Definitely worth a read. The article is here.
In room after room, our delegation encounters stories of war that are just not a part of the national conversation. I keep thinking: Whatever happened to the telling of these stories in America? Do we need a Washington lobbyist to push the soldier's-story agenda?
Individual tales make up the reality of war; anecdote by anecdote, they become the truth of combat. But in the U.S. mainstream media, they have too little presence. How did we get to a place where sharing a soldier's narrative or reading soldiers' names on television or meeting their coffins when they are brought back to their country becomes a political or disloyal act? Why can't we share the truth about war?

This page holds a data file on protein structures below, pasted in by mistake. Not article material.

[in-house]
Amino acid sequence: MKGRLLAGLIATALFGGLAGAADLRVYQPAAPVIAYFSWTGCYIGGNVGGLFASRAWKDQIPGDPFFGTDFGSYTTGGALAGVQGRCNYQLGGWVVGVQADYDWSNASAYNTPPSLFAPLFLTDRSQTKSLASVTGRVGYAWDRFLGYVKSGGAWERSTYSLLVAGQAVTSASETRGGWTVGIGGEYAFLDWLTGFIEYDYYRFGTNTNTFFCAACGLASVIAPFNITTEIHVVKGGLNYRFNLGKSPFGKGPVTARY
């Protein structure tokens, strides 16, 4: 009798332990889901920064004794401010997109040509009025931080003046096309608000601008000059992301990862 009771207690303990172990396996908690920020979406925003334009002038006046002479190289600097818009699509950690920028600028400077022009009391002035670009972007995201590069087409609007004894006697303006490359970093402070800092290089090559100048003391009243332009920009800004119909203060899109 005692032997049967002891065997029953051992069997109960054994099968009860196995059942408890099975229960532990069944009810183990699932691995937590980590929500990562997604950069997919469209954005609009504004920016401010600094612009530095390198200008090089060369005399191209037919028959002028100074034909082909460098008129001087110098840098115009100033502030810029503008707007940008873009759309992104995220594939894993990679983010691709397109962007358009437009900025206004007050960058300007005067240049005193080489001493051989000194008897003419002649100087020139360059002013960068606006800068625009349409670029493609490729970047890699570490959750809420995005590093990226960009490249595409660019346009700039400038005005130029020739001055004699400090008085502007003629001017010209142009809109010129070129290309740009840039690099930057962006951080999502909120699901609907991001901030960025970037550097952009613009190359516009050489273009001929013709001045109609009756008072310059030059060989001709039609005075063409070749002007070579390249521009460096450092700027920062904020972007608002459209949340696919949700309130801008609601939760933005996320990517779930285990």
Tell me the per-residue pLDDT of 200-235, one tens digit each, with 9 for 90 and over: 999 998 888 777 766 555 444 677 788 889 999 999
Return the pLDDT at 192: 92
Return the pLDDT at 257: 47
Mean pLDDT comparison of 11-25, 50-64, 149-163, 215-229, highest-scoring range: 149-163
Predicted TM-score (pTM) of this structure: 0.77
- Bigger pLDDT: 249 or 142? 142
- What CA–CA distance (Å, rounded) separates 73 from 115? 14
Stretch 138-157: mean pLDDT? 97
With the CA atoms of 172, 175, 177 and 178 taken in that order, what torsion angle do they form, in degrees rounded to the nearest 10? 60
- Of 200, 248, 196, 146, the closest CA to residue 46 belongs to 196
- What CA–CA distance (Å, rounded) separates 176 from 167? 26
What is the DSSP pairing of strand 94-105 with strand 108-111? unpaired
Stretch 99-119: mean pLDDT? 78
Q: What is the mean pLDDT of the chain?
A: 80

Friday, November 20, 2009
"Why can't we share the truth about war?"
There is a wonderful, moving Op-Ed piece on CNN.com that asks why the mainstream media is not sharing more of the soldiers' stories, both while in the battle zone and after returning home. It was written by a man who has written/directed a movie about the men and women who perform the notifications to families of those killed in battle, and it raises important issues. After describing a visit to a wounded soldier at Walter Reed Hospital, he says: